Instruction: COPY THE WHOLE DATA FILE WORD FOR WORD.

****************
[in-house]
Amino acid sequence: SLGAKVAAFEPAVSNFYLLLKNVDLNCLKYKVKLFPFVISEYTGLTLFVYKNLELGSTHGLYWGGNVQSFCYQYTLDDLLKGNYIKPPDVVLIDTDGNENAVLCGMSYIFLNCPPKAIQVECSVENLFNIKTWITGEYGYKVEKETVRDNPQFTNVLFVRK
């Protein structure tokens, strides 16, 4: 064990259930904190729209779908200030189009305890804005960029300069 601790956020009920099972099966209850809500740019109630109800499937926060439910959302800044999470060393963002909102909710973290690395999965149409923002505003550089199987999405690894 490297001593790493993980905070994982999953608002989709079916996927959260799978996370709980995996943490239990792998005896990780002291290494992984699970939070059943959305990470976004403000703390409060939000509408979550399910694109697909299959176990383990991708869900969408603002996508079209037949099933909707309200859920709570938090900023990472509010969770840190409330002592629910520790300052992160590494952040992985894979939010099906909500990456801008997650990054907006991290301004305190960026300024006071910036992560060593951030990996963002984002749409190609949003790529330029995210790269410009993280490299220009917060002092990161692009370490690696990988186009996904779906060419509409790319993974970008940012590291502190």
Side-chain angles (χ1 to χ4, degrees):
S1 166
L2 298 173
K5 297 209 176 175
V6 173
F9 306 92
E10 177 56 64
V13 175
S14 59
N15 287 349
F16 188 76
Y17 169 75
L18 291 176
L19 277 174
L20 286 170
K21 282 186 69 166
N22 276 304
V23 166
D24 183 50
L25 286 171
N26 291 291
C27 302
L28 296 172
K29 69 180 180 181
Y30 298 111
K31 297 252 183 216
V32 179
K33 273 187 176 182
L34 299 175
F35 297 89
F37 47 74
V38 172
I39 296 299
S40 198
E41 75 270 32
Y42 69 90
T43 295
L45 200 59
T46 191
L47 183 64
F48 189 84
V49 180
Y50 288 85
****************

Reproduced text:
[in-house]
Amino acid sequence: SLGAKVAAFEPAVSNFYLLLKNVDLNCLKYKVKLFPFVISEYTGLTLFVYKNLELGSTHGLYWGGNVQSFCYQYTLDDLLKGNYIKPPDVVLIDTDGNENAVLCGMSYIFLNCPPKAIQVECSVENLFNIKTWITGEYGYKVEKETVRDNPQFTNVLFVRK
């Protein structure tokens, strides 16, 4: 064990259930904190729209779908200030189009305890804005960029300069 601790956020009920099972099966209850809500740019109630109800499937926060439910959302800044999470060393963002909102909710973290690395999965149409923002505003550089199987999405690894 490297001593790493993980905070994982999953608002989709079916996927959260799978996370709980995996943490239990792998005896990780002291290494992984699970939070059943959305990470976004403000703390409060939000509408979550399910694109697909299959176990383990991708869900969408603002996508079209037949099933909707309200859920709570938090900023990472509010969770840190409330002592629910520790300052992160590494952040992985894979939010099906909500990456801008997650990054907006991290301004305190960026300024006071910036992560060593951030990996963002984002749409190609949003790529330029995210790269410009993280490299220009917060002092990161692009370490690696990988186009996904779906060419509409790319993974970008940012590291502190």
Side-chain angles (χ1 to χ4, degrees):
S1 166
L2 298 173
K5 297 209 176 175
V6 173
F9 306 92
E10 177 56 64
V13 175
S14 59
N15 287 349
F16 188 76
Y17 169 75
L18 291 176
L19 277 174
L20 286 170
K21 282 186 69 166
N22 276 304
V23 166
D24 183 50
L25 286 171
N26 291 291
C27 302
L28 296 172
K29 69 180 180 181
Y30 298 111
K31 297 252 183 216
V32 179
K33 273 187 176 182
L34 299 175
F35 297 89
F37 47 74
V38 172
I39 296 299
S40 198
E41 75 270 32
Y42 69 90
T43 295
L45 200 59
T46 191
L47 183 64
F48 189 84
V49 180
Y50 288 85